Shirley Temple's Innocence Made Her A Mega Star, In Post-Communist China
Since the eighties, the late star was huge in China.
In the wake of Shirley Temple's death at the age of 85, the world has reminded itself of what a prominent and vital star she was. The actress died of natural causes on the 10th February at home in Woodside, California. As the world woke up to the death of a beloved actress, for one country in particular, the grief was particularly poignant.
Former Child Star, Shirley Temple Black, Died Earlier This Week, Aged 85.
It's not exactly common knowledge that Temple's popularity enjoyed a revival in a country that was just waking up to the wonders and possibilities of Western movies. By the late eighties, the Depression-era child actress had been retired for 40 years and was even nearing the end of her career as a US diplomat. However, in China, the lovable child star was enjoying fevered fandom and a strastospheric re-ascent to fame.
After decades of being isolated from the West and its culture, China was beginning to open up and televised translated foreign films were being screened on Sunday night. The Communist Party had loosened its control over Chinese citizens' personal lives so young people in particular began to take advantage of the cultural world opening up to them.
Shirley Enjoyed A Fame Revival In China From The Late Eighties.
However, as the first few tentative steps were taken to introducing decades of American show-business and Hollywood filmmaking, programmers were initially tentative and steered well away from anything scandalous or political. As it turned out, Temple's all-round talent, untainted charm and seemingly universal appeal as America's darling was an instant hit.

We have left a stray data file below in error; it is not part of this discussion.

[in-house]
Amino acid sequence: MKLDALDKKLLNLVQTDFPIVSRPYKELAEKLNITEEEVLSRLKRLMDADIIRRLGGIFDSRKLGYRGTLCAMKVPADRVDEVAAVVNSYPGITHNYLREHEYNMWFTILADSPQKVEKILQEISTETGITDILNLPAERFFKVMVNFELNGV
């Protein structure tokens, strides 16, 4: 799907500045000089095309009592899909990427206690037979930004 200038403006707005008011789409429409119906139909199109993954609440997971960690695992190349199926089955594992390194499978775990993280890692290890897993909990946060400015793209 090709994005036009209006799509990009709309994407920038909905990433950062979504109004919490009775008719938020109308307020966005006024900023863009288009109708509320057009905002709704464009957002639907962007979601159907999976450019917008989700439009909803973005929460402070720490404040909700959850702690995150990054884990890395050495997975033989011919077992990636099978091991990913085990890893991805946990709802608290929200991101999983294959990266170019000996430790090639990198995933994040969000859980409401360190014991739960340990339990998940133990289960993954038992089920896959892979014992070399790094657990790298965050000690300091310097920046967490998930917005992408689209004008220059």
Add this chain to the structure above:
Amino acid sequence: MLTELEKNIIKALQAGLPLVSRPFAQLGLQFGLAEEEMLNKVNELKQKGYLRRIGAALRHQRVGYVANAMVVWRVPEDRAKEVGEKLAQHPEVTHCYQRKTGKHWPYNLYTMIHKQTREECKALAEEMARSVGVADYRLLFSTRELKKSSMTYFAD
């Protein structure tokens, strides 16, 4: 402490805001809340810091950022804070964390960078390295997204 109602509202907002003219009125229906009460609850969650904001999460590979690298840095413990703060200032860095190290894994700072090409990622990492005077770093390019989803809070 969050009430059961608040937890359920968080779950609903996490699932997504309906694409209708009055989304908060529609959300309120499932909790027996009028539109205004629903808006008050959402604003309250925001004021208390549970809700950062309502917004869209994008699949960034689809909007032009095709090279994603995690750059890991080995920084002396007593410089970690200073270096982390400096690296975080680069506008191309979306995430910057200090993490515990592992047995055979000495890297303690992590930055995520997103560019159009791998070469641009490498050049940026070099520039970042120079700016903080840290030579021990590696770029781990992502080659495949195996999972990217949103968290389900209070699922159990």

The Actress' Wholesome Innocence Appealed To Chinese Audiences.
All of Temple's Depression-era favourites that had helped numb and distract from the US' stricken slump were suddenly invigorated in Chinese TV, including Curly Top, Rebecca of Sunnybrook Farm and Our Little Girl, which were all dubbed in Mandarin. Her dimples, ringlets and innocent face entranced a generation, and the Shirley Temple doll was a particular big-seller in the nineties.
Upon Temple's death, Chinese newspapers prioritised obituaries on their front pages, with headlines such as "The Angel Says Goodbye to the Human World," according to the LA Times. Film star Li Bingbing expressed her shock at the death of an idol. "I was shocked," the Forbidden Kingdom star wrote. "She will always remain an angel in my mind, or maybe the angel is just going home."
Li Bingbing Spoke Highly Of Shirley Temple, Upon The Actress' Death.
Another mourner summed up Temple's popularity in China well, writing "Today you see a lot of child actors; many of them are pretend-innocent or just pretentious. Shirley Temple was innocent and lovely and very few mature actors have been able to perform to the level of this child star."